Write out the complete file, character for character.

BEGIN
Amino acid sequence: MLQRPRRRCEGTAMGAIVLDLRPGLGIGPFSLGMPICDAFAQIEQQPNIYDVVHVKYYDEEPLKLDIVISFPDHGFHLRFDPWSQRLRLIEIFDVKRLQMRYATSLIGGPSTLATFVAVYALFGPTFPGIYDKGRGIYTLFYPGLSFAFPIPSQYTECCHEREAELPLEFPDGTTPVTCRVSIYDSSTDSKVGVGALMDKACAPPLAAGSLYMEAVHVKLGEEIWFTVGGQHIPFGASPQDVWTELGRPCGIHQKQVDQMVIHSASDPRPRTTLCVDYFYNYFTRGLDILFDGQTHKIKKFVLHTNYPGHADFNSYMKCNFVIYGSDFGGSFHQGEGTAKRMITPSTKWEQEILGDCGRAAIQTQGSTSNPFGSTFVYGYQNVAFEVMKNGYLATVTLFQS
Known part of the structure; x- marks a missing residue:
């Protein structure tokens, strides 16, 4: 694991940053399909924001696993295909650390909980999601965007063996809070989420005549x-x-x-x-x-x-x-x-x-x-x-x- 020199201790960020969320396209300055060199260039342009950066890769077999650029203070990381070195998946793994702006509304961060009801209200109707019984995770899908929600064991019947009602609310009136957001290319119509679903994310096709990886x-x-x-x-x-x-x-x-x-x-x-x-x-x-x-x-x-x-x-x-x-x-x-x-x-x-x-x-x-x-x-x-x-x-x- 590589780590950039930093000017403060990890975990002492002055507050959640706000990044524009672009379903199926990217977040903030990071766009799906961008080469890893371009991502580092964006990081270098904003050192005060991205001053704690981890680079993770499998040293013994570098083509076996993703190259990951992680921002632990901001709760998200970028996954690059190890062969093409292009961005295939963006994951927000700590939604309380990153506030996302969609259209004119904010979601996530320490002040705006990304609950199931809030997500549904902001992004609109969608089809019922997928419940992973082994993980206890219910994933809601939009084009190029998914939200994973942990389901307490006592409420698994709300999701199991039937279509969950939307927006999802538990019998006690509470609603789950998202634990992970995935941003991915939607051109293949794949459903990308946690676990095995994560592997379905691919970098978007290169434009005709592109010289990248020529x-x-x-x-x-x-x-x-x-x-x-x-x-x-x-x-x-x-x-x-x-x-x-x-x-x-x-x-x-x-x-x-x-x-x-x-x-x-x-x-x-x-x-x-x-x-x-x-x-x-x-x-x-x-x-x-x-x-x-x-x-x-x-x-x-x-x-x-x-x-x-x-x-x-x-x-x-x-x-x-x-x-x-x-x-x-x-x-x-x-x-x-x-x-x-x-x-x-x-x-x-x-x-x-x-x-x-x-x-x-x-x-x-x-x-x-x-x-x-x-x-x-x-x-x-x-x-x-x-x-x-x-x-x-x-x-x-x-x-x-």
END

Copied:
Amino acid sequence: MLQRPRRRCEGTAMGAIVLDLRPGLGIGPFSLGMPICDAFAQIEQQPNIYDVVHVKYYDEEPLKLDIVISFPDHGFHLRFDPWSQRLRLIEIFDVKRLQMRYATSLIGGPSTLATFVAVYALFGPTFPGIYDKGRGIYTLFYPGLSFAFPIPSQYTECCHEREAELPLEFPDGTTPVTCRVSIYDSSTDSKVGVGALMDKACAPPLAAGSLYMEAVHVKLGEEIWFTVGGQHIPFGASPQDVWTELGRPCGIHQKQVDQMVIHSASDPRPRTTLCVDYFYNYFTRGLDILFDGQTHKIKKFVLHTNYPGHADFNSYMKCNFVIYGSDFGGSFHQGEGTAKRMITPSTKWEQEILGDCGRAAIQTQGSTSNPFGSTFVYGYQNVAFEVMKNGYLATVTLFQS
Known part of the structure; x- marks a missing residue:
């Protein structure tokens, strides 16, 4: 694991940053399909924001696993295909650390909980999601965007063996809070989420005549x-x-x-x-x-x-x-x-x-x-x-x- 020199201790960020969320396209300055060199260039342009950066890769077999650029203070990381070195998946793994702006509304961060009801209200109707019984995770899908929600064991019947009602609310009136957001290319119509679903994310096709990886x-x-x-x-x-x-x-x-x-x-x-x-x-x-x-x-x-x-x-x-x-x-x-x-x-x-x-x-x-x-x-x-x-x-x- 590589780590950039930093000017403060990890975990002492002055507050959640706000990044524009672009379903199926990217977040903030990071766009799906961008080469890893371009991502580092964006990081270098904003050192005060991205001053704690981890680079993770499998040293013994570098083509076996993703190259990951992680921002632990901001709760998200970028996954690059190890062969093409292009961005295939963006994951927000700590939604309380990153506030996302969609259209004119904010979601996530320490002040705006990304609950199931809030997500549904902001992004609109969608089809019922997928419940992973082994993980206890219910994933809601939009084009190029998914939200994973942990389901307490006592409420698994709300999701199991039937279509969950939307927006999802538990019998006690509470609603789950998202634990992970995935941003991915939607051109293949794949459903990308946690676990095995994560592997379905691919970098978007290169434009005709592109010289990248020529x-x-x-x-x-x-x-x-x-x-x-x-x-x-x-x-x-x-x-x-x-x-x-x-x-x-x-x-x-x-x-x-x-x-x-x-x-x-x-x-x-x-x-x-x-x-x-x-x-x-x-x-x-x-x-x-x-x-x-x-x-x-x-x-x-x-x-x-x-x-x-x-x-x-x-x-x-x-x-x-x-x-x-x-x-x-x-x-x-x-x-x-x-x-x-x-x-x-x-x-x-x-x-x-x-x-x-x-x-x-x-x-x-x-x-x-x-x-x-x-x-x-x-x-x-x-x-x-x-x-x-x-x-x-x-x-x-x-x-x-």